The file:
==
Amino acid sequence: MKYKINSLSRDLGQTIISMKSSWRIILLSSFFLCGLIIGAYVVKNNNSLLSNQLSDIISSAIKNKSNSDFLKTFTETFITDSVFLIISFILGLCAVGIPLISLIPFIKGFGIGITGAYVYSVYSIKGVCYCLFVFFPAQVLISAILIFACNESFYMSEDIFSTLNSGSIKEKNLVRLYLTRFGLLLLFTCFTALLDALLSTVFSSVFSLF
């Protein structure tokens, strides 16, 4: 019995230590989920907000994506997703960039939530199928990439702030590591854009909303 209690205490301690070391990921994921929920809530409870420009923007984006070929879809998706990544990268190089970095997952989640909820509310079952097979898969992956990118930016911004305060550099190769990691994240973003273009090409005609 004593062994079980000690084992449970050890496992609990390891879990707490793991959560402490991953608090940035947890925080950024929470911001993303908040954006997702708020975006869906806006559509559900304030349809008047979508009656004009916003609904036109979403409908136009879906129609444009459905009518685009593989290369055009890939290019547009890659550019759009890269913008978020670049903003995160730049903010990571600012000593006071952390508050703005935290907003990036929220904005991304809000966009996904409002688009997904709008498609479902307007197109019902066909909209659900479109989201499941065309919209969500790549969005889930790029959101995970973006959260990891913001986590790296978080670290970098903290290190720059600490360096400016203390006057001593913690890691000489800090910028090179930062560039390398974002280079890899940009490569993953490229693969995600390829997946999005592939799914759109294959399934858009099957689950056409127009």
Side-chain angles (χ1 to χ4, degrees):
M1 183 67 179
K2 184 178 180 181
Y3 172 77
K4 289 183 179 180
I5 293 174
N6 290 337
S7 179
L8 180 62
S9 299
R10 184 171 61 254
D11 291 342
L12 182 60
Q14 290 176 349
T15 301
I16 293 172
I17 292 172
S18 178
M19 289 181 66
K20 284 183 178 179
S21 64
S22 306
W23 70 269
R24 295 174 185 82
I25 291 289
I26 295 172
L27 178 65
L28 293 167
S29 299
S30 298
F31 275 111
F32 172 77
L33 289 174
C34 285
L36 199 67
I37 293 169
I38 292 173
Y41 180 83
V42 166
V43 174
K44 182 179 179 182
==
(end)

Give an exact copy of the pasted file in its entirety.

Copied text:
Amino acid sequence: MKYKINSLSRDLGQTIISMKSSWRIILLSSFFLCGLIIGAYVVKNNNSLLSNQLSDIISSAIKNKSNSDFLKTFTETFITDSVFLIISFILGLCAVGIPLISLIPFIKGFGIGITGAYVYSVYSIKGVCYCLFVFFPAQVLISAILIFACNESFYMSEDIFSTLNSGSIKEKNLVRLYLTRFGLLLLFTCFTALLDALLSTVFSSVFSLF
């Protein structure tokens, strides 16, 4: 019995230590989920907000994506997703960039939530199928990439702030590591854009909303 209690205490301690070391990921994921929920809530409870420009923007984006070929879809998706990544990268190089970095997952989640909820509310079952097979898969992956990118930016911004305060550099190769990691994240973003273009090409005609 004593062994079980000690084992449970050890496992609990390891879990707490793991959560402490991953608090940035947890925080950024929470911001993303908040954006997702708020975006869906806006559509559900304030349809008047979508009656004009916003609904036109979403409908136009879906129609444009459905009518685009593989290369055009890939290019547009890659550019759009890269913008978020670049903003995160730049903010990571600012000593006071952390508050703005935290907003990036929220904005991304809000966009996904409002688009997904709008498609479902307007197109019902066909909209659900479109989201499941065309919209969500790549969005889930790029959101995970973006959260990891913001986590790296978080670290970098903290290190720059600490360096400016203390006057001593913690890691000489800090910028090179930062560039390398974002280079890899940009490569993953490229693969995600390829997946999005592939799914759109294959399934858009099957689950056409127009």
Side-chain angles (χ1 to χ4, degrees):
M1 183 67 179
K2 184 178 180 181
Y3 172 77
K4 289 183 179 180
I5 293 174
N6 290 337
S7 179
L8 180 62
S9 299
R10 184 171 61 254
D11 291 342
L12 182 60
Q14 290 176 349
T15 301
I16 293 172
I17 292 172
S18 178
M19 289 181 66
K20 284 183 178 179
S21 64
S22 306
W23 70 269
R24 295 174 185 82
I25 291 289
I26 295 172
L27 178 65
L28 293 167
S29 299
S30 298
F31 275 111
F32 172 77
L33 289 174
C34 285
L36 199 67
I37 293 169
I38 292 173
Y41 180 83
V42 166
V43 174
K44 182 179 179 182